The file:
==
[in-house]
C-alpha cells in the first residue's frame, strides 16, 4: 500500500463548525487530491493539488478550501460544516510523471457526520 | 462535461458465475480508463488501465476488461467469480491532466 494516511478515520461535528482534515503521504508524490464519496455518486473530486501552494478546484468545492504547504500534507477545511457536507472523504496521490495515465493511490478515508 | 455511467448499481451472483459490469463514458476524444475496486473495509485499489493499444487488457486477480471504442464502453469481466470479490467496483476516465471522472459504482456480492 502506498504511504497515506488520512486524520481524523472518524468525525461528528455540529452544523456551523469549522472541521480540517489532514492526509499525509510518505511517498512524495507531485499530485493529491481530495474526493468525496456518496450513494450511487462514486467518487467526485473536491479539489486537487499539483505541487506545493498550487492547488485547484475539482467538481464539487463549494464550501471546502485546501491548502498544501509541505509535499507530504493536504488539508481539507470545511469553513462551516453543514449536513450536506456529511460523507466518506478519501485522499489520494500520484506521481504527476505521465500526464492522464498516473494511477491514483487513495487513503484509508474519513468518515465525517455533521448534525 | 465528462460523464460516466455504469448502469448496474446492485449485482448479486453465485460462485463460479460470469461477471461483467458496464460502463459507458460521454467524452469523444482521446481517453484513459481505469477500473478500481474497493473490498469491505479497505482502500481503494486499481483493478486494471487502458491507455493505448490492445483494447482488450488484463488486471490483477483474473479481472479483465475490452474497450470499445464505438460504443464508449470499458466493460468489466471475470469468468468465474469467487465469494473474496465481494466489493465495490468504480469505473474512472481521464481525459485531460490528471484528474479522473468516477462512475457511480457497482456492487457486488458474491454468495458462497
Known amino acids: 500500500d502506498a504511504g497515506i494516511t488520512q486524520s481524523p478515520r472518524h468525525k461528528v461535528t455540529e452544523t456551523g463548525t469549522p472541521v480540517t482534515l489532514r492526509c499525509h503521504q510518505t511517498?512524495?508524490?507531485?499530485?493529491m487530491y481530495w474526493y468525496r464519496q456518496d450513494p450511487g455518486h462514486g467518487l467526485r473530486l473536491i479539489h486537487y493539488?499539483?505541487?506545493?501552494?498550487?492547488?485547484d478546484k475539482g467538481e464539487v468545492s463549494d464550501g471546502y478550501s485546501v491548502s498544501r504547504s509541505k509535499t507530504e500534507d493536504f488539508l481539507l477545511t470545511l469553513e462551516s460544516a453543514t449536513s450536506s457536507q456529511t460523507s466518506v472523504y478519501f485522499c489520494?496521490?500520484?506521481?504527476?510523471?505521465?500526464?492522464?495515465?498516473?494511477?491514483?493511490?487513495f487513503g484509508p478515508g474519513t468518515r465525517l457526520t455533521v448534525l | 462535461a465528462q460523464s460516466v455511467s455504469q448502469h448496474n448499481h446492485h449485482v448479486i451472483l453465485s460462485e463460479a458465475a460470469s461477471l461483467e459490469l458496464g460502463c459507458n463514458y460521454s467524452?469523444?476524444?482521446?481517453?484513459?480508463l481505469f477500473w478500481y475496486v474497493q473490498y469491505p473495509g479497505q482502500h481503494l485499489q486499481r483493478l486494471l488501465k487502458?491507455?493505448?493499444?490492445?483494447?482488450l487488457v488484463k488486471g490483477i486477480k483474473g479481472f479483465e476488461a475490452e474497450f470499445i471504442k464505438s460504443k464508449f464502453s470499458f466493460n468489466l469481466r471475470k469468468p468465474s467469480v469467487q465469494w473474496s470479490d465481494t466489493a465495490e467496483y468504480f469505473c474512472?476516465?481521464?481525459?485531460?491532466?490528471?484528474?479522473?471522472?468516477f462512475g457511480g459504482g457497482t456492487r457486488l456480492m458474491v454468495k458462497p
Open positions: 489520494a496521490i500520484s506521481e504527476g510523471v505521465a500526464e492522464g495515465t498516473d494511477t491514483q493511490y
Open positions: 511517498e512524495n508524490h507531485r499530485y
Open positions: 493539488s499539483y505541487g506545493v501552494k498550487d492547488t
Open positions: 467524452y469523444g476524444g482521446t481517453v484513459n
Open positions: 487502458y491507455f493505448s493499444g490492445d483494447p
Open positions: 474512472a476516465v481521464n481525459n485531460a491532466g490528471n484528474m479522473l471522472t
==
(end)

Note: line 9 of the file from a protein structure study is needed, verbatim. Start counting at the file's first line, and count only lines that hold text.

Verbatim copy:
Open positions: 474512472a476516465v481521464n481525459n485531460a491532466g490528471n484528474m479522473l471522472t